Challenging God: A Conversation With a Jehovah’s Witness Pioneer

Who do you think you are...God?

Who do you think you are…God?

Our meeting started off like they usually do with about a half hour of small talk. My Jehovah’s Witness Pioneer friend’s wife use to be a little aggravated by the amount of time we spend talking, but I think she has come around. She and I did most of the talking about any number of random things. One interesting thing to note is that she noticed the bookmark that I use for my Teach book. I told her that my daughter made it for me as a CHRISTmas gift last year.

She took the CD case of one of my favorite CHRISTmas albums, photo copied it, colored it in and then taped it together in the form of a bookmark as if it was laminated. It isn’t the prettiest thing, but I use it because it is from my daughter. As I was showing them my bookmark, I explained that the artist (Gary Hoey) has a couple of CHRISTmas albums that I really enjoy. I then told them about my favorite CHRISTmas album of all time. It is called “Sleddin’ Hill” by August Burns Red. If you are into heavy music, this album is for you. Every year when my kids and I put the CHRISTmas lights up on our house, I have that album blaring out of the garage.

The best part about this conversation was that they never challenged me on CHRISTmas. They both just smiled and thought it was interesting that there was such a thing as Christian heavy metal CHRISTmas music. They don’t know it yet, but if we are still meeting during CHRISTmas time, I’m going to play it for them and see how they react. I don’t do it all the time, but there are times when I like to see how much I can get away with.

We began our study on page 28 of the Teach book with the section title, “The Origin Of An Enemy.” We read paragraphs four and five and then I wanted to make a point about a statement made on page 29. “Well, today a person who was once decent and honest may become a thief. How does that happen? The person may allow a wrong desire to develop in his heart. If he keeps thinking about it, that wrong desire may become very strong. Then if the opportunity presents itself, he may act upon the bad desire that he has been thinking about.”

I fully agree with this statement, but interestingly enough the Watchtower undermines that idea when it comes to their doctrine of the Kingdom. The Watchtower teaches that during the 1,000 year Kingdom rule on this earth, Satan will be kept in a prison. I have had countless Witnesses tell me that since Satan will no longer be able to tempt us, there will be peace and tranquility throughout the earth. It is almost as if they blame Satan for all of the evil that happens today, including their own sin. I wanted to make sure my Witnesses understand that I don’t believe that.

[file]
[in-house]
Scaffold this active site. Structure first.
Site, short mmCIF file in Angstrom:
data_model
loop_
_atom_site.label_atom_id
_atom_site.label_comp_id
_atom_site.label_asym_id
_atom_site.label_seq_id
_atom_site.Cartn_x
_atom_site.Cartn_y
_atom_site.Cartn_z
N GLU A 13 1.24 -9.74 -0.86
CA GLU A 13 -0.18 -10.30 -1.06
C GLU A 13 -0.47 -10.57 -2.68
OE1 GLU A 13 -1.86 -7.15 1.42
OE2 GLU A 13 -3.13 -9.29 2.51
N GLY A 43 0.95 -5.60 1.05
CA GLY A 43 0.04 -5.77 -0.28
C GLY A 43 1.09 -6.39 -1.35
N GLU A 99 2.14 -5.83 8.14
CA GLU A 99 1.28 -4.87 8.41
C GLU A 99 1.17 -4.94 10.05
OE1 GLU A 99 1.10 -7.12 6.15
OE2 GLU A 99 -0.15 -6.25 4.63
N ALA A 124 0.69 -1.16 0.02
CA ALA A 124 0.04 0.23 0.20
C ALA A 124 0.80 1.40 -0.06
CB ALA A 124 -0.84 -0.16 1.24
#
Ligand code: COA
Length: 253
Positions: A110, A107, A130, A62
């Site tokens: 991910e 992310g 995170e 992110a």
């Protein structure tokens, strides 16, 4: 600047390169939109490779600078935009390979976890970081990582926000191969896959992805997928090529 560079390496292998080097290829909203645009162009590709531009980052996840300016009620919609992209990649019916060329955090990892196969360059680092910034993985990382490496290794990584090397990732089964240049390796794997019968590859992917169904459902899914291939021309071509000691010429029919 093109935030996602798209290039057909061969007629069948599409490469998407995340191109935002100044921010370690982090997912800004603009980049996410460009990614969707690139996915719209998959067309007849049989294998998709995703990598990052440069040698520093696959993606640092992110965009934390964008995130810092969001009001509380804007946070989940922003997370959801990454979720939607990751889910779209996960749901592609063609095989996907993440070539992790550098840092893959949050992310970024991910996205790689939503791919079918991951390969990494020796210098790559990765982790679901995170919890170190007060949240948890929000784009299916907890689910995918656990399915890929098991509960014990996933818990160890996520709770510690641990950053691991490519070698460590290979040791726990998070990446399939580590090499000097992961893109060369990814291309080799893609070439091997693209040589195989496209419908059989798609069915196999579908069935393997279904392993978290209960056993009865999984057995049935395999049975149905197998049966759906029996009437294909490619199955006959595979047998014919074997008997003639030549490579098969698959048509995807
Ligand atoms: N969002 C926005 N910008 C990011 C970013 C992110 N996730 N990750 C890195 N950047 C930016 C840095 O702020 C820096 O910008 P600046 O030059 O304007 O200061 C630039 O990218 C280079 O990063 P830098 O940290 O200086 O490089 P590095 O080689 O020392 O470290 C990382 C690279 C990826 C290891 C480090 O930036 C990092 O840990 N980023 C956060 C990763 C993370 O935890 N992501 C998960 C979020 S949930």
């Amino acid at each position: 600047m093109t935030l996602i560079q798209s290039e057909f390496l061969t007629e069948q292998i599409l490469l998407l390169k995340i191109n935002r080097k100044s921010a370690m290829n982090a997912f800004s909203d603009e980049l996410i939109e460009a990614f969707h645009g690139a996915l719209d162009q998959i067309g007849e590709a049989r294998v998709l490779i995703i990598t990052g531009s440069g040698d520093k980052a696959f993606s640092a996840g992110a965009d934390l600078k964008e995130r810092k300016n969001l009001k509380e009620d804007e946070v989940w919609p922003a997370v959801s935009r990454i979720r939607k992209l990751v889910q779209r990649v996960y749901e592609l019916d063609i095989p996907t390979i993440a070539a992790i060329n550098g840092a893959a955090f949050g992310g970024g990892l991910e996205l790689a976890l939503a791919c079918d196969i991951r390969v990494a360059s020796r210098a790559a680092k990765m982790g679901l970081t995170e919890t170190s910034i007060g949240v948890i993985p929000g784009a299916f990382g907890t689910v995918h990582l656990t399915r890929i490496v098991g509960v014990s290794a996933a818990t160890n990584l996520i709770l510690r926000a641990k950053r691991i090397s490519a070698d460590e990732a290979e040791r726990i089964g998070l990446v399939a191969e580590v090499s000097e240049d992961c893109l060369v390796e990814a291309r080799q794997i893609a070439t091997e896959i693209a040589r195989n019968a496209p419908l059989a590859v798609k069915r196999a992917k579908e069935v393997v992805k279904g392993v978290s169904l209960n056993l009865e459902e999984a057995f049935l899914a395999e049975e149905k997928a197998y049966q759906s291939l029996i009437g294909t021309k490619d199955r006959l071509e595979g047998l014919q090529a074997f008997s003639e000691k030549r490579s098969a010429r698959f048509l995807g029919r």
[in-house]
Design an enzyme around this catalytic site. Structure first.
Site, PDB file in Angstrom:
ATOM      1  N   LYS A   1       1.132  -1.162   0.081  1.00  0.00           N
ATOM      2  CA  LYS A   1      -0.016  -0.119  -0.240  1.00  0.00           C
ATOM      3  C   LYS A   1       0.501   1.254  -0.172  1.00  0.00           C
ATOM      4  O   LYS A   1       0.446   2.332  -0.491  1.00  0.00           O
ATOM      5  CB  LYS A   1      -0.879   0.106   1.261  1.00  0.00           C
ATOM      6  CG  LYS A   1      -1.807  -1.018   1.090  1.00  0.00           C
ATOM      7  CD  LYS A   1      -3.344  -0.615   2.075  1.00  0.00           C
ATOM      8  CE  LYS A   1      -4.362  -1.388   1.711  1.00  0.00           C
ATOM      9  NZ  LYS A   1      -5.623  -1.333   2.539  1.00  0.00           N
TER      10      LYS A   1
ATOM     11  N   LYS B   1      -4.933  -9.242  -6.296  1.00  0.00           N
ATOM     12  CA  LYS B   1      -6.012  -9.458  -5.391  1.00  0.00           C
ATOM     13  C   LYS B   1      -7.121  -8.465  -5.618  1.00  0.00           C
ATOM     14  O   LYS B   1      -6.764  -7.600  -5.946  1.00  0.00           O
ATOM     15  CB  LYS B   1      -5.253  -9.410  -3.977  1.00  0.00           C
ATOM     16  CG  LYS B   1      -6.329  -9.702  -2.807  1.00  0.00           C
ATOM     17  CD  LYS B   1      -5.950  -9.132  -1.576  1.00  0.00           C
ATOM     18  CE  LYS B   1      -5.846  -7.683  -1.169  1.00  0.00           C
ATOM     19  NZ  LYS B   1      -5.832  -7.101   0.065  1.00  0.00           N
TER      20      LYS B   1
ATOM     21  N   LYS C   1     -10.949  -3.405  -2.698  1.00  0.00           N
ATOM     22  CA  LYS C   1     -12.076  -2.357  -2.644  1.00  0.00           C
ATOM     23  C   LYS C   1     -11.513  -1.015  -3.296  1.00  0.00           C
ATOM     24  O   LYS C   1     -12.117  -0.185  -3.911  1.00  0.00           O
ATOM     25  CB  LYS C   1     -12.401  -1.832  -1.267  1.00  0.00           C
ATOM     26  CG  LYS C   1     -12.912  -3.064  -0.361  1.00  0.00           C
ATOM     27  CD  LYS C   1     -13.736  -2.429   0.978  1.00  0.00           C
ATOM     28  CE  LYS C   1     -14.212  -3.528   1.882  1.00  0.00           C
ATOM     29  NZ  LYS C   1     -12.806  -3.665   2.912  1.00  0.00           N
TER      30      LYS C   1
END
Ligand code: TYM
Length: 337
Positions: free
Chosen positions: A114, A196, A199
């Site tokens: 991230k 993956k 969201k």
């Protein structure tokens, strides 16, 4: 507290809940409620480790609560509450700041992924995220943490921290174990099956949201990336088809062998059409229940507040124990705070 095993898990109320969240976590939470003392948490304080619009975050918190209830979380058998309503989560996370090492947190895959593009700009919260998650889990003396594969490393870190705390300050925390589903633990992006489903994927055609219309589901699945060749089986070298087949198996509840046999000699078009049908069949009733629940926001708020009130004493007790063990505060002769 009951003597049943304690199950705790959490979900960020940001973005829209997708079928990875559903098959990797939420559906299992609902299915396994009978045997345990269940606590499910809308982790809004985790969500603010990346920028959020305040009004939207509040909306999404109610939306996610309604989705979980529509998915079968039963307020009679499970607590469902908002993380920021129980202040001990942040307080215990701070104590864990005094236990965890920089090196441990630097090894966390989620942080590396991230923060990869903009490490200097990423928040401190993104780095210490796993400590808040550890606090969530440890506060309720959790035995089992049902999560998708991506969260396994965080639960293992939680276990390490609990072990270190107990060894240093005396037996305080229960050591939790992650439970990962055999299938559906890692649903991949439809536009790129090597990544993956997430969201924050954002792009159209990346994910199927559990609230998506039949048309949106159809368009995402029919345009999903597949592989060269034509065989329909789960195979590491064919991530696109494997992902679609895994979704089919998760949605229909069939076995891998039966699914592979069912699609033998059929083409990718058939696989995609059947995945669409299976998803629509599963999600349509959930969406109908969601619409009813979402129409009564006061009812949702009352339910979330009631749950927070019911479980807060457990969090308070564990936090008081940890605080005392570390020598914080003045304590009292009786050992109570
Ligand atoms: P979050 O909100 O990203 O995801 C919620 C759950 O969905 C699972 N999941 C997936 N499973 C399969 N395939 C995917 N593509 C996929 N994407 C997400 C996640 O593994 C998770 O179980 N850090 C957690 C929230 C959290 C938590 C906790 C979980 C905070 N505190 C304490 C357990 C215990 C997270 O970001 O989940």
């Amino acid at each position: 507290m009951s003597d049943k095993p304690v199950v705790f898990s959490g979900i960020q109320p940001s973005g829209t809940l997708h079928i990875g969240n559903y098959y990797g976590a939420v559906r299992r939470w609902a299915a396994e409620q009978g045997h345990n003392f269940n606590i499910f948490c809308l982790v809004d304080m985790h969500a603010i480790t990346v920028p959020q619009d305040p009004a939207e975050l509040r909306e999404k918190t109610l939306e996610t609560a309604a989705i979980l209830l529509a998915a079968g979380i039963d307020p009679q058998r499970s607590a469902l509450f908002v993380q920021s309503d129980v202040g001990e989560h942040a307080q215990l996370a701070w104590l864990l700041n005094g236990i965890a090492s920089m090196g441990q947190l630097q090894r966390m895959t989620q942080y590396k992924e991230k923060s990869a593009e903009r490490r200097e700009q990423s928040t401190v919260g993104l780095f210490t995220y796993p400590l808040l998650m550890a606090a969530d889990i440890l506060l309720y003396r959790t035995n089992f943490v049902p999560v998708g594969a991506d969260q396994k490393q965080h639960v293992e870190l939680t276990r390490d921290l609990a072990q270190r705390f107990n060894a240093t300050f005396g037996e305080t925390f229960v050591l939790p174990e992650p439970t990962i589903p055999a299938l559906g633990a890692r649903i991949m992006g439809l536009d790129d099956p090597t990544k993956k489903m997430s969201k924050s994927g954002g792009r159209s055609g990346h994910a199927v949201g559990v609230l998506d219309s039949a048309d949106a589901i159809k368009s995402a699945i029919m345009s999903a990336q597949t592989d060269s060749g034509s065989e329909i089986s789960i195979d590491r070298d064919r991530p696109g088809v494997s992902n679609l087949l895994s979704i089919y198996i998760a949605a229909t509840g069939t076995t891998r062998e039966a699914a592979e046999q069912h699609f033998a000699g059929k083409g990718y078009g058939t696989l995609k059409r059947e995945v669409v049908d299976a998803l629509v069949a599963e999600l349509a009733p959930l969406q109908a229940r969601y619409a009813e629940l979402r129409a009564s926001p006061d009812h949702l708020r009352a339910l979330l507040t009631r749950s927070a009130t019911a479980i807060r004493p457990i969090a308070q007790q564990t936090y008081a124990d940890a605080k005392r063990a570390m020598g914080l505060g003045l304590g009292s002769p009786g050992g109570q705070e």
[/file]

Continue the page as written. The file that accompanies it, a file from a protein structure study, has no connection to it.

KW: Have you heard the phrase, “The Devil made me do it?”

JW1: Yes.

KW: You know, I don’t need any help. I’m a pretty good sinner all by myself.

They both laughed as we talked about how the paragraph says that we sin because of our own desires. I reread one of the sentences.

KW:  “A person who was once decent and honest may become a thief,” and he doesn’t need Satan’s help to do it.

JW1: That’s right.

I wrote in my book, “I don’t need Satan to help me do evil.” After I wrote it down, I addressed an issue I have never really understood from the Watchtower point of view. Genesis 3:1 describes the event where Satan used a snake to tempt Eve to eat the forbidden fruit in the Garden of Eden. Paragraph four of the book we are studying says, “This powerful angel, or invisible spirit creature, used a serpent to speak to Eve, even as a skilled person can make it seem that his voice is coming from a nearby doll or dummy.”

KW: What’s with the ventriloquism act?

JW1: That is just showing that it wasn’t some random snake speaking to Eve. Satan used the snake.

KW: I don’t get it. Why couldn’t Satan just possess the snake?

JW1: Essentially, that is what he did. This is describing it in ways so that people who have zero knowledge of the Bible can relate to it.

KW: I think people understand demon possession pretty well when you take into consideration all of the demonic movies that come out. When I first read this paragraph, I made note of it. If the text said that Satan spoke through the snake, I understand that or if it said he possessed the snake, I think most people would understand that concept. But to make the reference to ventriloquism, I don’t understand why the book says that.

My Pioneer friend started to explain that the book just puts it that way so that the reader can understand that it was really Satan behind the message. He wasn’t being forthright with me about the Watchtower stance. That is when his wife interjected and addressed the issue I wanted them to address.

JW2: Some people think the snake actually talked. They don’t get that it was actually someone else making that happen.

KW: What would be wrong with the snake talking?

JW2: They weren’t created to talk.

KW: Then what would be the purpose of using it as a dummy if it doesn’t talk?

JW2: Satan wanted to deceive Eve.

KW: How would it be deceptive if you already know snakes don’t talk? What is the point of using an object that doesn’t talk to deceive someone into believing what it says?

My Pioneer friend then brought up an explanation I have never heard before.

JW1: What has been suggested is that maybe Eve would think that the snake ate from the tree and that is why it could talk. Maybe she thought, “Hey, if I eat from the tree… look what it did for the snake. What if I ate from the tree? I’ll be like God.

KW: Or maybe she would then talk like a snake.

They both laughed.